On May 31, a day recognised as Children’s Day in the US, international NGO Save the Children released its “End of Childhood Index 2017.”
Using eight criteria, including factors like childhood mortality and rates of child labour, the organisation ranked the best and worst places for kids to grow up around the world.
Now it has released the complement to the global list: a state-by-state ranking of where US kids are at risk for “stolen childhoods,” or being forced to grow up quickly due to intensely negative life factors.
Save the Children measured each state according to five childhood “enders”: mortality rates, food insecurity rates, delayed high school graduation rates, homicide and suicide rates, and adolescent birth rates.
The ranking “focuses on some key rights or ‘guarantees’ of childhood: life, healthy growth and development, education and protection from harm,” the report states. “If a child experiences all of these, his/her childhood is considered to be “intact.'”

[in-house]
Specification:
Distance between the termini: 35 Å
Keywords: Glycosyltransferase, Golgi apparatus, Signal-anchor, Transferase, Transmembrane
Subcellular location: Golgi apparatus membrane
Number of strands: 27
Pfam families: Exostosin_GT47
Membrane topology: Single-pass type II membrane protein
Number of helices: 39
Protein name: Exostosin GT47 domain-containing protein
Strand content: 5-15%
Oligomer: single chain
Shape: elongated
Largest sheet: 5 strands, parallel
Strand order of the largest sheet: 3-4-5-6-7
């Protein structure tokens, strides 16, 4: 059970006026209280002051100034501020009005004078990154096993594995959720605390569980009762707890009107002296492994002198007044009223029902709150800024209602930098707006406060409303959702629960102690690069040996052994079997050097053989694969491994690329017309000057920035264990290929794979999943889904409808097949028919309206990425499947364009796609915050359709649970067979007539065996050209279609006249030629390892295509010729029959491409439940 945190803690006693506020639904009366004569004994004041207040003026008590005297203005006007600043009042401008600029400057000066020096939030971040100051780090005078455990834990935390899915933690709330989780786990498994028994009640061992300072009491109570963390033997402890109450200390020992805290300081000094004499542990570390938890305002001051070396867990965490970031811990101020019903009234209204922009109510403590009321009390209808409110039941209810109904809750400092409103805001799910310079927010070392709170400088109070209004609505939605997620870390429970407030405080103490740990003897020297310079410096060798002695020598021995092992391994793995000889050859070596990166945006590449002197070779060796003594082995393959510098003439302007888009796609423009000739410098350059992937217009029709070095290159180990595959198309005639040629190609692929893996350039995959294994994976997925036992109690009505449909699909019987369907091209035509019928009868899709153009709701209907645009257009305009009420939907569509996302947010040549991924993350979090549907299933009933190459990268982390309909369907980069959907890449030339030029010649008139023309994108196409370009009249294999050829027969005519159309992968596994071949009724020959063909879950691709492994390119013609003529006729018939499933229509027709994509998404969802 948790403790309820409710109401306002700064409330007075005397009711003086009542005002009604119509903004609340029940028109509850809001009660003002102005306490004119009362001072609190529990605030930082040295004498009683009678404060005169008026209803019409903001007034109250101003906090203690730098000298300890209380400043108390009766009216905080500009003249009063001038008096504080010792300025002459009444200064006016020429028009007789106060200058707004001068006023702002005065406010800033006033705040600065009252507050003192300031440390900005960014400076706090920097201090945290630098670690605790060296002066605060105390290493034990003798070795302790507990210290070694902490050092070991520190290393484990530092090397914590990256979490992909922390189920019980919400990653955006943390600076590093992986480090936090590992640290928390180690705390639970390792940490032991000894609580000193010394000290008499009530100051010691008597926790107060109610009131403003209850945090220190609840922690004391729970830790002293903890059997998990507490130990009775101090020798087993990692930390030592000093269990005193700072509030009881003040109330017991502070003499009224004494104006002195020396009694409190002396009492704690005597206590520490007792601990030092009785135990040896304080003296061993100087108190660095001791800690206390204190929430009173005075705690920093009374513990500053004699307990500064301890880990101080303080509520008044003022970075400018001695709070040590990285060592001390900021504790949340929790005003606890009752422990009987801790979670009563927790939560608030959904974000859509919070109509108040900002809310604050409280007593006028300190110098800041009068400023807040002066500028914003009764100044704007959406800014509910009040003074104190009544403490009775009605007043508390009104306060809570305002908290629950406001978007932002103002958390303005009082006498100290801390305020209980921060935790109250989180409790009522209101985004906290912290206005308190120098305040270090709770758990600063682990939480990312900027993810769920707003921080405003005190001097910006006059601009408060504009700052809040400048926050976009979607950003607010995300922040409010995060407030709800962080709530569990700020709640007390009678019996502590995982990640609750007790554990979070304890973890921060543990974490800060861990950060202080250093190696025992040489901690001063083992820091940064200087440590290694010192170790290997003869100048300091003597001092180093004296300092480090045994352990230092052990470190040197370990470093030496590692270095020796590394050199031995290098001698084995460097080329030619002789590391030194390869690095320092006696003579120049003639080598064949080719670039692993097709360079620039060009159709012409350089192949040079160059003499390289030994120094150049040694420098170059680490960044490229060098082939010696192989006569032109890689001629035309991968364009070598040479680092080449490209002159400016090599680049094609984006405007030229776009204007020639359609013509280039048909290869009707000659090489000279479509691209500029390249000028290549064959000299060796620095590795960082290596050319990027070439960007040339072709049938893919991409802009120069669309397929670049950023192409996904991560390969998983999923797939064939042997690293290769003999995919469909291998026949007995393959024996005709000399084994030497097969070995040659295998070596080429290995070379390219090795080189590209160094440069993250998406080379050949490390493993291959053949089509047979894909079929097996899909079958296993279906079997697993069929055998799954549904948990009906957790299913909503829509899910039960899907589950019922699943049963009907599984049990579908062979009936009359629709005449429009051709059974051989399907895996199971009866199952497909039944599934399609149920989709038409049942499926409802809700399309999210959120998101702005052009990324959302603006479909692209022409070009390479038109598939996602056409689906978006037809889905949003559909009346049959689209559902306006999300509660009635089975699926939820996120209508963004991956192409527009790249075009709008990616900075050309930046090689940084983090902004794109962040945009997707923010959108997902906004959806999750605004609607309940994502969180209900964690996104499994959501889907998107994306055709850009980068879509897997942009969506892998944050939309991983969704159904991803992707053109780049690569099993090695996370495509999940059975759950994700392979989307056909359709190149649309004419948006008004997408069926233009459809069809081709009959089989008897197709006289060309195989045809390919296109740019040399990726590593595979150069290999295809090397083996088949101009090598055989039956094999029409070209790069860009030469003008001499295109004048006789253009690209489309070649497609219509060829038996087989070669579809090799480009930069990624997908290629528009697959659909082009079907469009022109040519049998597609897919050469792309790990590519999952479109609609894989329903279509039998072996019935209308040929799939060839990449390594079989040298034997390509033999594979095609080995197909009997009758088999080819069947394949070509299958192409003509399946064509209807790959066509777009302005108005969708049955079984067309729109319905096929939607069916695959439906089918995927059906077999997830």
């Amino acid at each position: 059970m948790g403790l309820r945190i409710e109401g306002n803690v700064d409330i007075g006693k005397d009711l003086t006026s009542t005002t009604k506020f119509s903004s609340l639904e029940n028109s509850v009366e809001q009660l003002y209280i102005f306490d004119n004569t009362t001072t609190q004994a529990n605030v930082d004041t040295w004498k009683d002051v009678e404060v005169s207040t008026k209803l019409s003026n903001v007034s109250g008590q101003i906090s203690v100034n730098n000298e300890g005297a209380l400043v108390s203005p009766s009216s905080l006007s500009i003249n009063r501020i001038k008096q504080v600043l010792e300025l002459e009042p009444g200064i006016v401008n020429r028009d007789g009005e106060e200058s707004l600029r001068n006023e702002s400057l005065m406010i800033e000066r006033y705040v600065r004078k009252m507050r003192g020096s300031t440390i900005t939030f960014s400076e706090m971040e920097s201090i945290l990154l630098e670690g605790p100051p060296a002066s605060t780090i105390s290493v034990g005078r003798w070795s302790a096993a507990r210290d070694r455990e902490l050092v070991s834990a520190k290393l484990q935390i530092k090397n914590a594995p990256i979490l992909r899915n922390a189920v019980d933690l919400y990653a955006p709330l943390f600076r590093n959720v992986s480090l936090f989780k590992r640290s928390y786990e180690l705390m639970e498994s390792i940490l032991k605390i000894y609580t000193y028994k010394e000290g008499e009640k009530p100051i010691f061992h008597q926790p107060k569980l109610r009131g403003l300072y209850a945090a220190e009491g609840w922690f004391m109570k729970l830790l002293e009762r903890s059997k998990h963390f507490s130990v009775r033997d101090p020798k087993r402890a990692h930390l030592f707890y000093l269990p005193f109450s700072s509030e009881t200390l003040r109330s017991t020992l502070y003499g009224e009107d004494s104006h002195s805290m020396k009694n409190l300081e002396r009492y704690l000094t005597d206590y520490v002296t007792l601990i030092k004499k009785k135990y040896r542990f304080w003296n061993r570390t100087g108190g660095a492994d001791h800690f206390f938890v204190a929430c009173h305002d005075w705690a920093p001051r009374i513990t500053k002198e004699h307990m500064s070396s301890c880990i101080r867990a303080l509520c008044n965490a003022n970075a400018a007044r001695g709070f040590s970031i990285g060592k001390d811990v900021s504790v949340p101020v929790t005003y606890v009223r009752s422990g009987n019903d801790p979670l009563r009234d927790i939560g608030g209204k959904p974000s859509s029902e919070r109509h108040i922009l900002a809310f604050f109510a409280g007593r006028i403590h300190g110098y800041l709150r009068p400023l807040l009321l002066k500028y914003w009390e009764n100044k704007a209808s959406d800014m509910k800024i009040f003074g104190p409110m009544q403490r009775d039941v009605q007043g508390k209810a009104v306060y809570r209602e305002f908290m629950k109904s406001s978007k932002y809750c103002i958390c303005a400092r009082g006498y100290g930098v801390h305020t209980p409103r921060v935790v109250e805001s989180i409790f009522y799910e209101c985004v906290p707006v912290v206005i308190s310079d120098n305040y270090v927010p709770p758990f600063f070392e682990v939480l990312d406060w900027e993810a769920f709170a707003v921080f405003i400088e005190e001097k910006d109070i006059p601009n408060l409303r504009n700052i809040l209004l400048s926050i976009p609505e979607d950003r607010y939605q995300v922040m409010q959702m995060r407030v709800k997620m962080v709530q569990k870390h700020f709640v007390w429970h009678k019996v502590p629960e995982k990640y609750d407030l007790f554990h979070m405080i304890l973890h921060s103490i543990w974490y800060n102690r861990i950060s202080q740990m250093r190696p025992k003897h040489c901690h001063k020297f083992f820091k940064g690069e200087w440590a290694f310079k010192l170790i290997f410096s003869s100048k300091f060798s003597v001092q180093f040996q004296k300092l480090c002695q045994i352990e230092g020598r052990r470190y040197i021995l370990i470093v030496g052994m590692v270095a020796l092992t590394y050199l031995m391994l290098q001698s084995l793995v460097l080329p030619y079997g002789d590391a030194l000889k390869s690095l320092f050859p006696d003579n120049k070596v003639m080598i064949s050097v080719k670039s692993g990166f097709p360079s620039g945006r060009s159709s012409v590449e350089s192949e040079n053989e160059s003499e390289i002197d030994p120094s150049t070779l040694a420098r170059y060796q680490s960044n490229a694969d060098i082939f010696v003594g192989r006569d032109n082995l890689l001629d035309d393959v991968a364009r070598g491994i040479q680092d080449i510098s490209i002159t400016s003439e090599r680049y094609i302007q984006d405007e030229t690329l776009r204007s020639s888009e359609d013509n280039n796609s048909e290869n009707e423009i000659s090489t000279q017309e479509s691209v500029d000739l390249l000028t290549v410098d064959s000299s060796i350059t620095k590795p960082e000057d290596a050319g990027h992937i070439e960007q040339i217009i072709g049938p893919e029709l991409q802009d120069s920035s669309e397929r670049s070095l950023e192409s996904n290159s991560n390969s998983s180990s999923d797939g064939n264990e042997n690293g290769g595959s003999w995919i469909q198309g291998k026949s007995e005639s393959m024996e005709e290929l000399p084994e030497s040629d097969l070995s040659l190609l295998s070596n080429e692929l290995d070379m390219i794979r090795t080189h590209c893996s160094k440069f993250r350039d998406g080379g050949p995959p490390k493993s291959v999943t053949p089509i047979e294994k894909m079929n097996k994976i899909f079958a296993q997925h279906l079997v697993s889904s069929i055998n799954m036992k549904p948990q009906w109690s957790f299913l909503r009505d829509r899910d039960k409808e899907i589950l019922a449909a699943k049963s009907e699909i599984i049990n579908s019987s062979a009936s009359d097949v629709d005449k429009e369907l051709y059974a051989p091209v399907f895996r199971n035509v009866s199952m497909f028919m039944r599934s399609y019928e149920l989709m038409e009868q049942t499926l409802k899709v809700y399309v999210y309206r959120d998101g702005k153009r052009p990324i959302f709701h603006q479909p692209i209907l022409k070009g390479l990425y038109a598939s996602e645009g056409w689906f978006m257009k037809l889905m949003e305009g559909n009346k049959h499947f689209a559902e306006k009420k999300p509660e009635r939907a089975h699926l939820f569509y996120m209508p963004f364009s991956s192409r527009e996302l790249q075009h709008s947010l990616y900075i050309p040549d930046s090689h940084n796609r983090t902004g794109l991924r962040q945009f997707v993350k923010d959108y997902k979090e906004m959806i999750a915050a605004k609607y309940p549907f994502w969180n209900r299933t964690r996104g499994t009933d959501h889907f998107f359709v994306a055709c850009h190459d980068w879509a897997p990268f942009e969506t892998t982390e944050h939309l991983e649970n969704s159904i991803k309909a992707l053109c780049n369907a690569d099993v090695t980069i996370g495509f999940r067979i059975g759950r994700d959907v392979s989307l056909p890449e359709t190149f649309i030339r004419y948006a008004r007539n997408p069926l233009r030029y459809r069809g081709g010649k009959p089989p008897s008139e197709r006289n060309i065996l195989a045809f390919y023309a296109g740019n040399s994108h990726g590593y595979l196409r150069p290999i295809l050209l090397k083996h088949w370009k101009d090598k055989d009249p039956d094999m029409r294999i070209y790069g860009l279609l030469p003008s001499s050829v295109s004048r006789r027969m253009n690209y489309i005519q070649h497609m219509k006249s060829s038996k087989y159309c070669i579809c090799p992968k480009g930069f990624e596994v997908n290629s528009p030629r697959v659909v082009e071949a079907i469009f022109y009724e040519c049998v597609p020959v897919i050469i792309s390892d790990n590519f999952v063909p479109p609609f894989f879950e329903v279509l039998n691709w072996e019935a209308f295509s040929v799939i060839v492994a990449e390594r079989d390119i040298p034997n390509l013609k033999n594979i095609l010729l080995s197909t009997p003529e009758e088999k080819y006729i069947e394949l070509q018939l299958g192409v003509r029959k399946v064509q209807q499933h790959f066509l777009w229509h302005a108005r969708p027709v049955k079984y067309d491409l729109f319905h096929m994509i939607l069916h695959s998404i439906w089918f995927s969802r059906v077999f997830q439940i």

Here are the bottom 10:
48. New Mexico
Many of the worst-performing states have poor education levels and high levels of childhood mortality — some of the highest in the developed world. Richard Bland, national director of policy, advocacy and development at Save the Children, said he wasn’t surprised to see how the states ranked. While northeastern states like New Hampshire and Massachusetts always stand out as beneficial for kids, southern states do not.
“Our US programs are focused on rural America,” Bland told Business Insider. “It’s where we’ve been working for nearly a century.”
The top five states included New Hampshire, Massachusetts, New Jersey, Vermont, and Iowa. Virginia is the highest-performing southern state, in 8th, but the second-best doesn’t come until Texas, in 23rd place.
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